aspectRatio: 2480 / 1753,
  alt="Screenshot from Getting Started Hiring Ian Lunn PDF"
  1. Art-directed images (multiple images for different screen sizes) will only use the first image's aspect ratio when server-side rendered.
const sources = [
    media: `(max-width: 1199px)`,
    aspectRatio: 850 / 1294,
    media: `(min-width: 1200px) and (max-width: 1599px)`,
    aspectRatio: 1880 / 1316,
    media: `(min-width: 1600px)`,
    aspectRatio: 2620 / 1294,

In the above snippet I'm defining art-directed images and breakpoints that determine when each image should appear. This worked fine when developing locally but when viewing on the server, I noticed that all images would use the aspect ratio of the first image in the sources array. It turned out that during server-side rendering where the server doesn't know the size of the user's window, gatsby-image will simply output the first sources item. This is a known issue. My solution to this was to output each out the media queries inline on the page so the browser can choose the correct aspect-ratio:

let aspectRatioFix = ``
sources.forEach(({ media, aspectRatio }) => {
  aspectRatioFix += `
    @media only screen and ${media} {
      [class^="screenshots-module"] .gatsby-image-wrapper > div:first-child {
          padding-bottom: ${100 / aspectRatio}% !important;

One final irritation with regard to images in Gatsby is that I wasn't able to transform images consistently. The gatsby-remark-images plugin is used to process images in markdown files and comes with options such as converting the image title to a caption. Another handy time saving feature but because gatsby-remark-images doesn't support gif and SVG formats, the transforms I am applying to gatsby-remark-images doesn't apply to gif and SVG. To work around this, when wanting to add a caption to a gif or SVG in markdown, I resort to using HTML to create the caption. A minor irritation but perhaps one that shows you often end up having to work around certain things in Gatsby or spend the time creating a plugin to do what you want.

gatsby-image was perhaps the thing that drew me to want to try Gatsby the most. I was a little disappointed having ran into the above hurdles but now I have a better understanding, I can work with it quicker in future projects. As the documentation states, gatsby-images isn't intended as a replacement for images entirely -- you might not find it suitable for all situations. I'm tempted to create my own images plugin for Gatsby that might not have all the same bells and whistles but aims to be easier by relying on relatively new web tech related to images such as native lazy loading.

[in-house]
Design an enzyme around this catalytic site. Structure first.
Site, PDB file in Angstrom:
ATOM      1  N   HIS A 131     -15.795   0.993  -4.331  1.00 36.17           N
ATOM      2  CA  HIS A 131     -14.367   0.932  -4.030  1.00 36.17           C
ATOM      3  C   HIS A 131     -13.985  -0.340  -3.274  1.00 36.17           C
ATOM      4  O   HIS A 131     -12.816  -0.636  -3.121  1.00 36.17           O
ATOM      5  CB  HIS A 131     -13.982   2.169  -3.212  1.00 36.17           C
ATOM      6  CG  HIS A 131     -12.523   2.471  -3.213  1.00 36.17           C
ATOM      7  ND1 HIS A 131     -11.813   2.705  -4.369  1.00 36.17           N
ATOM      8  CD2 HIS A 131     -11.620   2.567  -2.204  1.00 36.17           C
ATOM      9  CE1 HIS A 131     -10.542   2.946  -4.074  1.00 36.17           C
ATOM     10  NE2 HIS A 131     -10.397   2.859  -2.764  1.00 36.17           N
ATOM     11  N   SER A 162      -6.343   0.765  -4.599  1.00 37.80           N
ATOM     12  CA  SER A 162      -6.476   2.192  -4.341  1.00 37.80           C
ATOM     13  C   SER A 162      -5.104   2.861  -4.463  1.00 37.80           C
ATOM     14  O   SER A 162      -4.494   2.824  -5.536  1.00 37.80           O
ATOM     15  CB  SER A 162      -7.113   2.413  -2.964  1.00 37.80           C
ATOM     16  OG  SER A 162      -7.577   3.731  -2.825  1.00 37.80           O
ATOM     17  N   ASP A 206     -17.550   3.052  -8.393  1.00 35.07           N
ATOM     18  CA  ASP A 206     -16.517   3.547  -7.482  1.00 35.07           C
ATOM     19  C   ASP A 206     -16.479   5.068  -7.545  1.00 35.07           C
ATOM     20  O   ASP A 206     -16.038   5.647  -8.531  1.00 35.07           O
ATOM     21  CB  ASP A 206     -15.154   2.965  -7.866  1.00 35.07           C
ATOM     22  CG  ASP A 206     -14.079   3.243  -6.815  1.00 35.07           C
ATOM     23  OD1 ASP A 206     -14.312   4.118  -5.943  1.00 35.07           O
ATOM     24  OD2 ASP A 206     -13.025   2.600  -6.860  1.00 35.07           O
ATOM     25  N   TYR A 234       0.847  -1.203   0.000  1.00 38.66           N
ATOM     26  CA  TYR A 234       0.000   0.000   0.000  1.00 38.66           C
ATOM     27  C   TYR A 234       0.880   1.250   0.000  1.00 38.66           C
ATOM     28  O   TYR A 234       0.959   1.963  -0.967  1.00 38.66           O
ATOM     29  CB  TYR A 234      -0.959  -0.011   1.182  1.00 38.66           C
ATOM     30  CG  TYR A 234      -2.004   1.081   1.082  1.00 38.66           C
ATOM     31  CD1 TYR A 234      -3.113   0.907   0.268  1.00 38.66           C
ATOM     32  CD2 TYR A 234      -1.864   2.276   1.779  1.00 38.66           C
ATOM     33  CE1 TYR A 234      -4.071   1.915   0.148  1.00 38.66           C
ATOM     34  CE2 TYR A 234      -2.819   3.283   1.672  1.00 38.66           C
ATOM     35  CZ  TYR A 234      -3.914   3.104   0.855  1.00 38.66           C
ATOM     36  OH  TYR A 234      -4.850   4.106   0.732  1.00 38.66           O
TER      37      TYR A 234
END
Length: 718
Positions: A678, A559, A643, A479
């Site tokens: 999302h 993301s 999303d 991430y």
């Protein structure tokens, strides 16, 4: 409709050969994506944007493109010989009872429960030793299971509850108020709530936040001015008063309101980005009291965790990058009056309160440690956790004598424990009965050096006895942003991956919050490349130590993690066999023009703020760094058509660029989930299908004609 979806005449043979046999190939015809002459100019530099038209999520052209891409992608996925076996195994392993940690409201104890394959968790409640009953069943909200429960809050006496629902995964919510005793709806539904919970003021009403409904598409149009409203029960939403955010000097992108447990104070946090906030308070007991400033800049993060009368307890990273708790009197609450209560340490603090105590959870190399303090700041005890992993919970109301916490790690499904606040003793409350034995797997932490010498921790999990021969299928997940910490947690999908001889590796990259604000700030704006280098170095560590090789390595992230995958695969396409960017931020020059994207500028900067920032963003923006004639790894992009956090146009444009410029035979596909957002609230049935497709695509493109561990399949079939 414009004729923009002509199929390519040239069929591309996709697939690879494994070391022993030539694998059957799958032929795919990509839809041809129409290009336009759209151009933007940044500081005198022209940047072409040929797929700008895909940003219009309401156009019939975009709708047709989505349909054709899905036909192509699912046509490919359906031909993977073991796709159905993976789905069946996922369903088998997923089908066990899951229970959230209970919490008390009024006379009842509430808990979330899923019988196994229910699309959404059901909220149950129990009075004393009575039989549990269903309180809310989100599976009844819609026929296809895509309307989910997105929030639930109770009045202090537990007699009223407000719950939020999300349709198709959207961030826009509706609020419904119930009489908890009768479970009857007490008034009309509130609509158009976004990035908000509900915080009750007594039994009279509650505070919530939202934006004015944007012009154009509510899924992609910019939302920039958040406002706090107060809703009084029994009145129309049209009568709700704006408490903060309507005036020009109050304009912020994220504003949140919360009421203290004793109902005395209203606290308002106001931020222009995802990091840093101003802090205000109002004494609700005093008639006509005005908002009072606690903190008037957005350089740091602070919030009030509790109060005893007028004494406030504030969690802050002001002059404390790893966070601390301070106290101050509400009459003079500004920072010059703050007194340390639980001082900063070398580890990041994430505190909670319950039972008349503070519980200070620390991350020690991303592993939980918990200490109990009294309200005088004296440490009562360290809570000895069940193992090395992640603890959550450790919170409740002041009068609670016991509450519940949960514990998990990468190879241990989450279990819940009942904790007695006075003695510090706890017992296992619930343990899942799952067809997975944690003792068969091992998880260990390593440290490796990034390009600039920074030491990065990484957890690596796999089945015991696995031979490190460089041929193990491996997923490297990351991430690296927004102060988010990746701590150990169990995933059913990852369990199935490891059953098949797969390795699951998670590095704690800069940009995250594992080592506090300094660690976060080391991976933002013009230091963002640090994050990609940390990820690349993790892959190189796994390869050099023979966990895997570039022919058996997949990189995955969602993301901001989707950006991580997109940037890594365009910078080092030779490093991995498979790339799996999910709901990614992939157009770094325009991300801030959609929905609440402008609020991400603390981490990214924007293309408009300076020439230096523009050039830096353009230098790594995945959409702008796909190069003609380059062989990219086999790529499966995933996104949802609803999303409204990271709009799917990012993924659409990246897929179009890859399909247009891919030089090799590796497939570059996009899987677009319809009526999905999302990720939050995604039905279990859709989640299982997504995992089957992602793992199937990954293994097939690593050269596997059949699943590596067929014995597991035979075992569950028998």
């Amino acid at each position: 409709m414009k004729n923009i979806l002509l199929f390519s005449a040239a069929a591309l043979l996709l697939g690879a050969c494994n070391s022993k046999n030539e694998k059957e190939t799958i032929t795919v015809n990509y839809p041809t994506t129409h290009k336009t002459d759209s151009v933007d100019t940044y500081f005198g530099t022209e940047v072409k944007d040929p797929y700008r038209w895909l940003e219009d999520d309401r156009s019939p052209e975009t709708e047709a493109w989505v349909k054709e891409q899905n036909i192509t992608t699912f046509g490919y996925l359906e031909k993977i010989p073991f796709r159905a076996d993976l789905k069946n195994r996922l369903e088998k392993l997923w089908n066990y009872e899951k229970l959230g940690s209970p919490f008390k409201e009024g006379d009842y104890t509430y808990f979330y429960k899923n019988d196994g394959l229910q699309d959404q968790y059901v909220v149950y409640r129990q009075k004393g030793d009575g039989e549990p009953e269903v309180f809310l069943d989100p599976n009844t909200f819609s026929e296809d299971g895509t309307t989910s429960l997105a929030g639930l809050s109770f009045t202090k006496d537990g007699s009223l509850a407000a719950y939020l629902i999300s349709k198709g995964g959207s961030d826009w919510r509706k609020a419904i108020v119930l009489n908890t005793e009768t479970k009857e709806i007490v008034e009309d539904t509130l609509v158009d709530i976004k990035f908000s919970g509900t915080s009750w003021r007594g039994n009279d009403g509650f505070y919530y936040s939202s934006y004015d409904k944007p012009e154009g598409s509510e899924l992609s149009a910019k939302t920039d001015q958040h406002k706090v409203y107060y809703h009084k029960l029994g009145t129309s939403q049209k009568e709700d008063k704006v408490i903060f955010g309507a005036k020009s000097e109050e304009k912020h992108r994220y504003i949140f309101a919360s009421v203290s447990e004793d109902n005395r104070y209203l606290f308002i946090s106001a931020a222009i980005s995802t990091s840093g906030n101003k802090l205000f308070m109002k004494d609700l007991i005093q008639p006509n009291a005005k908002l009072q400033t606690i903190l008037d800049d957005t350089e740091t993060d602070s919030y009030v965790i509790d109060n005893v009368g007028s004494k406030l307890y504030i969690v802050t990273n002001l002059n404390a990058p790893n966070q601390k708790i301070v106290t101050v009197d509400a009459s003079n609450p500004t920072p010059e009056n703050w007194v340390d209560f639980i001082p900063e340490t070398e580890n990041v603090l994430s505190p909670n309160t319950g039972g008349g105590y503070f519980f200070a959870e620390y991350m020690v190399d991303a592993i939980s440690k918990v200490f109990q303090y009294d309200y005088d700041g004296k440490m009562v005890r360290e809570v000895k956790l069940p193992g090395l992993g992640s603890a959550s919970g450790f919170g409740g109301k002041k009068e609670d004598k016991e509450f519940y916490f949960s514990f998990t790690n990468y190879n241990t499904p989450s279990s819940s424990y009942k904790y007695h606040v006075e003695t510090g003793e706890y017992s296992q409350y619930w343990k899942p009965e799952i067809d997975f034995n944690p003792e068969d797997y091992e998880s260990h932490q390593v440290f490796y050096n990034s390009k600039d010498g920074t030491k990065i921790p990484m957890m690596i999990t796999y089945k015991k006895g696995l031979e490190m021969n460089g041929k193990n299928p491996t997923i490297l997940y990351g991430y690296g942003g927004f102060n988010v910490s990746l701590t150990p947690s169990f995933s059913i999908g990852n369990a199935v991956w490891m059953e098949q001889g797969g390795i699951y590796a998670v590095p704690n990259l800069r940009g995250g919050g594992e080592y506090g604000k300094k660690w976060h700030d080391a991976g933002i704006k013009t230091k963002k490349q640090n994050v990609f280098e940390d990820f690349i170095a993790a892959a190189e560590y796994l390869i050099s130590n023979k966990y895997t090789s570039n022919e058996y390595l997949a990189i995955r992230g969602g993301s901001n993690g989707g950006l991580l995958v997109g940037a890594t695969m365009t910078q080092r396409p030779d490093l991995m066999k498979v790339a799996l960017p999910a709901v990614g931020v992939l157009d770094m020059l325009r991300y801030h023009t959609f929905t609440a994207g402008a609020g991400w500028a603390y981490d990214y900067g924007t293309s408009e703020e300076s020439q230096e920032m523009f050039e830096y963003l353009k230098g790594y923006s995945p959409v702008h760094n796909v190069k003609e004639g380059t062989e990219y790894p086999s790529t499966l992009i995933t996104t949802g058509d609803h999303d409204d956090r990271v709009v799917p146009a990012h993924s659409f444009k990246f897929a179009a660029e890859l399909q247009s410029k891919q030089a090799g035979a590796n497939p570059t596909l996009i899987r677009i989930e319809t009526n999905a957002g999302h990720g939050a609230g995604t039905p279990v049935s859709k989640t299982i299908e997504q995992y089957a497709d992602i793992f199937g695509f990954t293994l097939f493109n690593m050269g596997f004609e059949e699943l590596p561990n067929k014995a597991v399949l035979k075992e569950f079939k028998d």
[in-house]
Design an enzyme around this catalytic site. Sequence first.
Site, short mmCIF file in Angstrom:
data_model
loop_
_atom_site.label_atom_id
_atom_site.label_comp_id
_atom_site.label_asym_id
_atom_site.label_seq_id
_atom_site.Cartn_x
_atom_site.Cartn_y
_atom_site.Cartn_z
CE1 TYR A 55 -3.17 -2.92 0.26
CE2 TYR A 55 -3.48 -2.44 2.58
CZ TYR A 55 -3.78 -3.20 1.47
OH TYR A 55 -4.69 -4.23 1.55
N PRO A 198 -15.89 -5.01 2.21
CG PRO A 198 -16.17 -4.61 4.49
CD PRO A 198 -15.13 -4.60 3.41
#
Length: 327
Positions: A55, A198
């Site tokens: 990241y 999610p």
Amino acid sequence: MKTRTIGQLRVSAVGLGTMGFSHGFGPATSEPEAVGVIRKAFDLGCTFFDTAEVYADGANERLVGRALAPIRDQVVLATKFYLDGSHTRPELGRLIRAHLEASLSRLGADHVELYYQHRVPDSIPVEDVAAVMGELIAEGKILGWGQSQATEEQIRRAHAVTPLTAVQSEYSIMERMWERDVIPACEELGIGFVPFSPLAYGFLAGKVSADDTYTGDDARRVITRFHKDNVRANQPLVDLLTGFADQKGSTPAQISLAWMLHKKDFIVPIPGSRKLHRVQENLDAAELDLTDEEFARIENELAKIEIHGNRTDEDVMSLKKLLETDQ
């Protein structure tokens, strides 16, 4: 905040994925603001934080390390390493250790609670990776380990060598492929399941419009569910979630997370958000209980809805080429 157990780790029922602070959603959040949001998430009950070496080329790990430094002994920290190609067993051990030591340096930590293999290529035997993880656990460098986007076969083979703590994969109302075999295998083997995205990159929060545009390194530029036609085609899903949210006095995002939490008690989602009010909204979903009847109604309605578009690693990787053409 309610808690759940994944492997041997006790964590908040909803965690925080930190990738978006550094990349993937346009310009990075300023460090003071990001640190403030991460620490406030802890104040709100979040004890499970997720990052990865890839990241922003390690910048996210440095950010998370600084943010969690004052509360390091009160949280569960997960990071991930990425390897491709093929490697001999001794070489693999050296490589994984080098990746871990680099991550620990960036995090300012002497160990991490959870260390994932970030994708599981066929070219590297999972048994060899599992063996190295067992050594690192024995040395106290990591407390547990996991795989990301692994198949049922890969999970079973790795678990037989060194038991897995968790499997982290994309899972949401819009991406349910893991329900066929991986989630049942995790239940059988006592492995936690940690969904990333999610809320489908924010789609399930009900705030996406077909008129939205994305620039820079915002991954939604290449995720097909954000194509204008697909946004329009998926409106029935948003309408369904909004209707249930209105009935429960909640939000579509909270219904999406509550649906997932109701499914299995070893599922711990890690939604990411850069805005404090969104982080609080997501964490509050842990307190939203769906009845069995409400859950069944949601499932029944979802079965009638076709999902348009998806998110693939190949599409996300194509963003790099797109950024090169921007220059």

Build Speed

If you plan on using Gatsby you should be aware of the build speed. My site, which is relatively small (although it has about 1000 images given that each image needs several different sizes and formats) takes around 6 minutes to build. If you plan on updating your website often, or sourcing your content from WordPress and automatically starting a Gatsby build each time WordPress is updated, you will want to take this into consideration. Given the build time, the idea of starting a build each time WordPress is updates is a no-go for me. This is especially true if you're building a website for a client that will be updating WordPress content -- I couldn't justify having them wait X amount of minutes before their changes appear on the live site.

It looks like there are ways to reduce build time, although they may be specific to the static-site service you use such as this Netlify plugin that maintains the gatsby cache during builds. Despite the possibility of optimizations, build speed will be a major factor when considering if Gatsby is the right tool for the next job.

It's also worth keeping in mind that many static-site services base their pricing on build minutes. From a sustainability point of view I actually like this because it gives developers an incentive to optimize build time and cut out unnecessary operations.


I hosted the website on Netlify. This was incredibly easy to set up; the wizard has you link your Netlify website to a GitHub repo and it auto builds each time you update the repo. Each build is given a preview URL so you can test everything is working before publishing that build as live. The free starter package on Netlify is very generous. I needed to pay $7 for more build minutes in my first month but I can't imagine exceeding the free 300 build minutes now development is complete.


Gatsby has some great performance features and its heart is in the right place when trying to simplify certain areas of basic web publishing such as handling images. The learning curve was a little steeper than I had hoped but now having experienced the worst, Gatsby is another tool worth keeping in mind for future projects.

My aim when creating my portfolio was to do it in a short period of time. Gatsby enabled me to do that. There were some unexpected issues mentioned above that slowed me a little but these could probably be solved by digging deeper into Gatsby; creating my own plugin(s) and getting more involved with Gatsby's open-source community. Something for my next Gatsby project.

The two scenarios I see myself using Gatsby again are; for myself or tech-savvy clients when wanting to quickly build a fast website and for clients wanting a fast brochure website where I know they won't want to update the content themselves.

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Ian Lunn is a Front-end Developer with 12 years commercial experience, author of CSS3 Foundations, and graduate of Internet Technology. He creates successful websites that are fast, easy to use, and built with best practices.